History Abounds In Colorado Springs’ Buildings

*Note: This audio essay first aired on KRCC (Colorado Springs’ NPR affiliate, 91.5 FM) on April 8, 2021. The link to the program is here; the audio file and the text from the essay are below.

Winston Churchill once said, “We shape our buildings and afterwards, our buildings shape us.”

I keep coming back to that quote recently as I watched the Rocky Mountain PBS show, “Lost & Preserved in Colorado Springs,” directed and written by Kate Perdoni. 

We look to the mountains and forget our buildings. We take them for granted, like gravity or air, but they’re still important. 

Right from our beginnings, still seen in the Native American place names on our street signs or our city’s original reputation as a tourist town. 

To the 1890s, when Cripple Creek gold and money flowed into building some of our most impressive structures — The Mining Exchange, built in 1902; Colorado Springs City Hall, built in 1904; The Van Briggle Pottery Building, built in 1907. And my kids’ favorite, the El Paso County Courthouse, built in 1903, today known as the Colorado Springs Pioneers Museum.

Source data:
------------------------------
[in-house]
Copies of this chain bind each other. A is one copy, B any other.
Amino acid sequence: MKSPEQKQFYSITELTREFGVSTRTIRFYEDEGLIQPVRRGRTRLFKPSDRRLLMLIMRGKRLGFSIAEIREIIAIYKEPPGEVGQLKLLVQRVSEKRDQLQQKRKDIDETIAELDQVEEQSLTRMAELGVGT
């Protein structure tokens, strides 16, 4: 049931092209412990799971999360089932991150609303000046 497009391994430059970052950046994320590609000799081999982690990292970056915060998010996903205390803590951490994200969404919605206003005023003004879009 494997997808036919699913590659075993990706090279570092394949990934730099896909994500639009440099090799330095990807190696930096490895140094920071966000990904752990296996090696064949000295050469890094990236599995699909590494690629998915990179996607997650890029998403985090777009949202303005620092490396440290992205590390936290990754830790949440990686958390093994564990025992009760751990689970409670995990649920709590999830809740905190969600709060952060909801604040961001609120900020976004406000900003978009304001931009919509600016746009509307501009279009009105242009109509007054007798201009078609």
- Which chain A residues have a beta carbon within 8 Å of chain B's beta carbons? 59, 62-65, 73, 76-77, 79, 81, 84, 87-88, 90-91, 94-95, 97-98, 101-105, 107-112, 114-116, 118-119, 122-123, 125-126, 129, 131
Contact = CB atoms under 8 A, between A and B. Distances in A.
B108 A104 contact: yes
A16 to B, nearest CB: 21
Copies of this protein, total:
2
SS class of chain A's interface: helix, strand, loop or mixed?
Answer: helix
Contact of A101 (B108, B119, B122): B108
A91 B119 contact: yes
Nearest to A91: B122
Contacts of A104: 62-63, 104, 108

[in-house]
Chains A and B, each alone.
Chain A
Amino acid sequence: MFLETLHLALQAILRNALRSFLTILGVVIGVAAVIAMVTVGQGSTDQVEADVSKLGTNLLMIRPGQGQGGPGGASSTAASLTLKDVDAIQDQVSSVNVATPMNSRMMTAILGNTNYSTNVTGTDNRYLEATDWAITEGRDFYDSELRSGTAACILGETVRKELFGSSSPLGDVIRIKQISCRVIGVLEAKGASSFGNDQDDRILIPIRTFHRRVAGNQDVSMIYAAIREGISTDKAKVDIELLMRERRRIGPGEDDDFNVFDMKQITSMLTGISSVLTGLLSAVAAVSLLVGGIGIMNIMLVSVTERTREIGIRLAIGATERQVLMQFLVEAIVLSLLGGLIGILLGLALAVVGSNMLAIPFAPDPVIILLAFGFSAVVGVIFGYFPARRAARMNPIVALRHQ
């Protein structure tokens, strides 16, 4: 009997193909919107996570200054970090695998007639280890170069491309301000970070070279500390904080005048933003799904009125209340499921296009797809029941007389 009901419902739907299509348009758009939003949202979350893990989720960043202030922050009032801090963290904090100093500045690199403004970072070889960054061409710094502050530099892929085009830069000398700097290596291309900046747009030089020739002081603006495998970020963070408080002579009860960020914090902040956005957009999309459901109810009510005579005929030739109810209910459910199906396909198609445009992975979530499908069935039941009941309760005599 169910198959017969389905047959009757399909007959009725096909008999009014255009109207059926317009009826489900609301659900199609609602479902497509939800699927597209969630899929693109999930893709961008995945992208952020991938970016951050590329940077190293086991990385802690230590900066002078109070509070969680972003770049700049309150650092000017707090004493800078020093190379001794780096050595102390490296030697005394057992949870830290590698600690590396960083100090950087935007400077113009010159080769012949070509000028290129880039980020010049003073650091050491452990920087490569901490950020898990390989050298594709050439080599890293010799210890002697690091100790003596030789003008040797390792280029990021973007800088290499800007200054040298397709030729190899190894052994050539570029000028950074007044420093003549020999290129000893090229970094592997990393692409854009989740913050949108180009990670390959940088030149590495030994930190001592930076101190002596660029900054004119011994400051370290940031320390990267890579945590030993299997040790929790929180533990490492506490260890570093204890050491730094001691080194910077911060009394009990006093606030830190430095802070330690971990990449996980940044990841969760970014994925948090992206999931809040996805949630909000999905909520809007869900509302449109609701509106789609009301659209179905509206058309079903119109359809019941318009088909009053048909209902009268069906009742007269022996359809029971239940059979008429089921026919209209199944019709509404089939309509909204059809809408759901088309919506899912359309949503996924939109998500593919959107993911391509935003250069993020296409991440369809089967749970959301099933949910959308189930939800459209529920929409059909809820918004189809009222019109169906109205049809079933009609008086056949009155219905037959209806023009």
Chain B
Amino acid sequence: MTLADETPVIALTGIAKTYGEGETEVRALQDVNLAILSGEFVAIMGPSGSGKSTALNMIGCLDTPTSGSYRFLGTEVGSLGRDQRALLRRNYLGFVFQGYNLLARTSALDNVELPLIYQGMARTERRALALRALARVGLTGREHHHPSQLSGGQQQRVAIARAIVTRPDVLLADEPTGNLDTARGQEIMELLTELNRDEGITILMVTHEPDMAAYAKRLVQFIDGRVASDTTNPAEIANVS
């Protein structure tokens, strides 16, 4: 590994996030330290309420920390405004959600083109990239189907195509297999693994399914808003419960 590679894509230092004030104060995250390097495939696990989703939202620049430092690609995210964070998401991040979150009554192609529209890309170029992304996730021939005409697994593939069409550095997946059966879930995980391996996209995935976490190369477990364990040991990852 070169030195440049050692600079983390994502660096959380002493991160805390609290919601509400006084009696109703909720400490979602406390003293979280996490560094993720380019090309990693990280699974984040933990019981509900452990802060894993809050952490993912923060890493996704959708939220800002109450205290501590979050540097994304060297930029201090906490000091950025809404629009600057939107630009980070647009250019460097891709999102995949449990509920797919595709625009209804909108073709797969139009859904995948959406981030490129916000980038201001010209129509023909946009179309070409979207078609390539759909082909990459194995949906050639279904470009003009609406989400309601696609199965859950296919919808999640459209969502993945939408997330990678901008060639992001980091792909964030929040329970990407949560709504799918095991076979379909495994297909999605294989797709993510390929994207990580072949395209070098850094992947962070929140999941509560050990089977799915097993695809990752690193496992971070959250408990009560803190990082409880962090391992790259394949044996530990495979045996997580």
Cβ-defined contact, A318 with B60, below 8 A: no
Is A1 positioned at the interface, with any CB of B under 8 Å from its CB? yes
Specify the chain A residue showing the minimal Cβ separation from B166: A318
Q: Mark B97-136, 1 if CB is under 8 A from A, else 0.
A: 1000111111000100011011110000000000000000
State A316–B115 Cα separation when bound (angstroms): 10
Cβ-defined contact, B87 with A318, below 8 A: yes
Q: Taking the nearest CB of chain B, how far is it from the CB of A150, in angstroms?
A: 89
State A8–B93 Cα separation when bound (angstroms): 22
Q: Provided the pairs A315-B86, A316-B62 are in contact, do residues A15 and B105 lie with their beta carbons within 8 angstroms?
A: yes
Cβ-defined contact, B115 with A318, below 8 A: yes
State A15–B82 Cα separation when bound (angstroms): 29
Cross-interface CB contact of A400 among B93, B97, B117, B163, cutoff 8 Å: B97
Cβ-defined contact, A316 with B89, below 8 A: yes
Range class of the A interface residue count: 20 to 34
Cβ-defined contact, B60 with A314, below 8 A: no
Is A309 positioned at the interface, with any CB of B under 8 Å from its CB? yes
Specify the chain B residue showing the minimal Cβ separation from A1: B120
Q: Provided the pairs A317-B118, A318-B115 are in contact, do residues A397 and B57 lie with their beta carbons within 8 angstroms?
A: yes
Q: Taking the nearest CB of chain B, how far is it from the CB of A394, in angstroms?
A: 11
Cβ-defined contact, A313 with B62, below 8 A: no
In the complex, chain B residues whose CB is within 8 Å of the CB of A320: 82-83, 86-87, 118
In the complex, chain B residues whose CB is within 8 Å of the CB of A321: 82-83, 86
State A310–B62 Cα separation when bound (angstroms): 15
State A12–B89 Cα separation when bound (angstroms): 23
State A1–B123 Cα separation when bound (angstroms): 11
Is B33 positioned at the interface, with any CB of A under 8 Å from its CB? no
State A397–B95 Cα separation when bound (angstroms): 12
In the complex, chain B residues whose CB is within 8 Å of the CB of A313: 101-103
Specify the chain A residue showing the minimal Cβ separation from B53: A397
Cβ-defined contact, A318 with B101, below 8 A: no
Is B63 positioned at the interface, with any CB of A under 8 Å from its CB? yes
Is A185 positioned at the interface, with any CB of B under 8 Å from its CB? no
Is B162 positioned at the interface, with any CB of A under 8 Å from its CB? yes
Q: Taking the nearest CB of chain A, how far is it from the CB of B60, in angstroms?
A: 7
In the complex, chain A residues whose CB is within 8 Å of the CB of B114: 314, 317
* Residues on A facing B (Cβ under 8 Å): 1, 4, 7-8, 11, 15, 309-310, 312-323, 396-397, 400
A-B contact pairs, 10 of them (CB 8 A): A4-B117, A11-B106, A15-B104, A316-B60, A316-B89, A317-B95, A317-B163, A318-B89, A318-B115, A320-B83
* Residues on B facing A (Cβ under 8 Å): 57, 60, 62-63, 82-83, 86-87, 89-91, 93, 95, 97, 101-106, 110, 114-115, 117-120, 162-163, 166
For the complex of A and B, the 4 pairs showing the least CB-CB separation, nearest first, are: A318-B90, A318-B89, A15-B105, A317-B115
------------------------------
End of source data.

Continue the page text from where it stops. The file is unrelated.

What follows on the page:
For a time, our fair-weather city was a health resort for Tuberculosis patients, until the Second World War brought other treatments. 

The post-war period also brought on a military construction boom. Fort Carson, the Air Force Academy, Cheyenne Mountain and NORAD, Peterson and Schriever Air Force Bases.

What was once a small town, Colorado Springs has grown to roughly one-fifth the size of Rhode Island. 

Sometimes construction follows demolition. Landmarks like the Cotton Club and the Burns Opera House were lost forever. 

But some greats survived, like the Pioneers Museum. I take my kids there to board the hundred-year-old birdcage elevator, where you can step into the past for a moment. And when you step back out, you feel like you’ve gone a lot farther than just one floor. 

Until our next mountainside chat — be good, be well, and no matter what, climb on.

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